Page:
The closing cocktail had an Indian flair with a variety of local cuisine and music to inspire us to attend the 2011 WGIN World Green Roof Congress  in Indore City, India on October 31 – November 2, where the focus will be on “Green Technology for Green Roof, Green Home and Rain Harvesting to Combat for a Sustainable Future.”   Professor Suresh Billore from WGIN India, below right, invites all of us to join in the education, networking and fun next year!

From a social standpoint, we saw lots of old friends and colleagues and mingled at several opportunities, and the tours were very well planned with a huge  comfortable bus  – the large selection of greenroofs and walls were very varied and extremely fascinating!   And each site  tour guide had intimate,  in-depth knowledge about each project, which made  each experience even more exceptional.   It’s great to see first hand examples of Mexico City’s greening efforts from municipal, corporate, and grass-roots  leaders.

The WGIN Mexico City World Green Roof Congress was a resounding success and important for many reasons.   Our industry continues to grow, even flourish, in this economy and we must continue to push for more government and private support.   Mexico City is a leader with both, and it’s clear that many other Latin American nations are following suit.   Brazil and Mexico have the highest greenroof and greenwall numbers, but Chile, Argentina, Puerto Rico, and Colombia are quickly following suit, with most other Latin American countries involved as well.   AMENA and WGIN made great headway  by offering continuing support to these national members and I think we can expect to see great continued work and success coming from many of these members!

One of the world’s great cosmopolitan capitals, Mexico City offers visitors so many wonderful opportunities for sightseeing, shopping, dining, business, and now, greening!   Unfortunately, we didn’t stay long enough to travel much except for the fun, day long  bus tour, which I’ll talk about later.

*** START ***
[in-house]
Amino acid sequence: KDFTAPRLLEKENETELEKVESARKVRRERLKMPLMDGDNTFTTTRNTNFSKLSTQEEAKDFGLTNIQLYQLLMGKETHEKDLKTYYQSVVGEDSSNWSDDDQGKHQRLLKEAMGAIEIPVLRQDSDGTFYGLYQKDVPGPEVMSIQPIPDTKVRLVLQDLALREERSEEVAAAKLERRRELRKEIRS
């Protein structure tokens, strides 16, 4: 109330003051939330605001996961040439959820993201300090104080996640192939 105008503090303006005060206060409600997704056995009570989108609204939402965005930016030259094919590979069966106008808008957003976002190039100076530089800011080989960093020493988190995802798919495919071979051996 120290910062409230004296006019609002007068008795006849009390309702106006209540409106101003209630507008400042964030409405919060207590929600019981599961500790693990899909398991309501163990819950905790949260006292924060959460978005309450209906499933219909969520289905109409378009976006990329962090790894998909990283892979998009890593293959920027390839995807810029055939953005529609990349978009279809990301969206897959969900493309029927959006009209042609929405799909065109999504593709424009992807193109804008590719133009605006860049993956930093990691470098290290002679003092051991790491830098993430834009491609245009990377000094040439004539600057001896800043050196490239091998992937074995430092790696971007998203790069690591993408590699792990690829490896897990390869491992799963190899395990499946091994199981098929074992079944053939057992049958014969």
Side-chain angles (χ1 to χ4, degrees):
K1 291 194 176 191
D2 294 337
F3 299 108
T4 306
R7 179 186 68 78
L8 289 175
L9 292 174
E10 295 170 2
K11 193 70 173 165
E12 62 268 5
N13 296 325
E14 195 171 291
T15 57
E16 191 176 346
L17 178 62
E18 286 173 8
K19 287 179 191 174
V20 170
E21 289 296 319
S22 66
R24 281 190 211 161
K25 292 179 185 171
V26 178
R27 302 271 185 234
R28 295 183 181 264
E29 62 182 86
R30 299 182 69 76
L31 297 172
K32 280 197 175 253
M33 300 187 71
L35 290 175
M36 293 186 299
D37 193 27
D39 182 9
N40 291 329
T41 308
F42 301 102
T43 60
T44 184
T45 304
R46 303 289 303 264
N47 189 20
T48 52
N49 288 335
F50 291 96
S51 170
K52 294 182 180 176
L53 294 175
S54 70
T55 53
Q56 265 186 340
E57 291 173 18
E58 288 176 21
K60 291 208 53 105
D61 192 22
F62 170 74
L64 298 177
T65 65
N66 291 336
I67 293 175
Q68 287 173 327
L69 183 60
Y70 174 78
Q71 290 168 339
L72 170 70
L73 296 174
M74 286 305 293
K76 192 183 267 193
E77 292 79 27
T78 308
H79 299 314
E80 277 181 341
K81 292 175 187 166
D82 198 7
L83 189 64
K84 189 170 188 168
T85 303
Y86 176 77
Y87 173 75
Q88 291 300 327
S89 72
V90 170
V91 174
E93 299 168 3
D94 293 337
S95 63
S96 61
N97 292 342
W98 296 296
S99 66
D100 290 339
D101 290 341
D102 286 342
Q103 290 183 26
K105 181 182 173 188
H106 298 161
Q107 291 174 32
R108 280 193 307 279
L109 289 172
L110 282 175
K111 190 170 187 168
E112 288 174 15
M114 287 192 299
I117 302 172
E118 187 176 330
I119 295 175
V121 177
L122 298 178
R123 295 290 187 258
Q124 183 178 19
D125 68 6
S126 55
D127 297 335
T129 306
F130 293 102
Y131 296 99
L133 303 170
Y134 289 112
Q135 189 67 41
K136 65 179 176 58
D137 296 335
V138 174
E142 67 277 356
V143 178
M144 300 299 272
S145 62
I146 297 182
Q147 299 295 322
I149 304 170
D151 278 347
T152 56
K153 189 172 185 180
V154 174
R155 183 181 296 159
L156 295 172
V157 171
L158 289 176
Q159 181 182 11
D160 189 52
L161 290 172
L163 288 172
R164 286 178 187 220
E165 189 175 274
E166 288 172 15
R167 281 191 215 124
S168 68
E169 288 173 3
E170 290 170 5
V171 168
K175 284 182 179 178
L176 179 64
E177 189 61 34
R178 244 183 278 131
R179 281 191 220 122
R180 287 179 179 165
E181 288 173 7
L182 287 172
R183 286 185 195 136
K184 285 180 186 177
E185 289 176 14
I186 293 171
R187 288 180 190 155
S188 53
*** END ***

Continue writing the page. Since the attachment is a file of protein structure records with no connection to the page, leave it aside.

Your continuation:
I have to say that the two  WGIN  (World Green Infrastructure Network) World Green Roof Congresses that we’ve attended, both last year’s CitiesAlive! in Toronto (read my CitiesAlive! “˜09 Day Tour & Evening Fiesta and  The Inaugural CitiesAlive! – Seeds of Success  posts for more info, as well as Christine’s Reflections on CitiesAlive!  from Christine Thuring) and this one, are an extremely good deal in terms of conference pricing – only $250 which includes two days of excellent speakers, lunch, snacks, the inaugural cocktail, closing cocktail, and the guided greenroof and greenwall  tour.

In conclusion, we enjoyed our visit to Mexico City immensely and wish to thank Tanya and AMENA for their wonderful the hospitality!   Make sure to visit AMENA  where you can learn all about what’s going on in Mexico, as well as see some beautiful photos of the WGIN Mexico City World Green Roof Congress – click on both Galería banners.

On a side note, on our way back home we were also impressed with the final departure lounge in Terminal 2 at the Mexico City International Airport, designed with many sustainable elements by SPACE.   Look at these cool openings in the ceiling which welcome natural daylight inside the lounge, seen above.

That’s it for now, the next post is about  The International Skyrise Greenery Conference  in gorgeous Singapore!  

I hope everyone has a fun time ringing in  in the New Year tonight  safely!   Here’s to a Happy & Green 2011!

~ Linda V.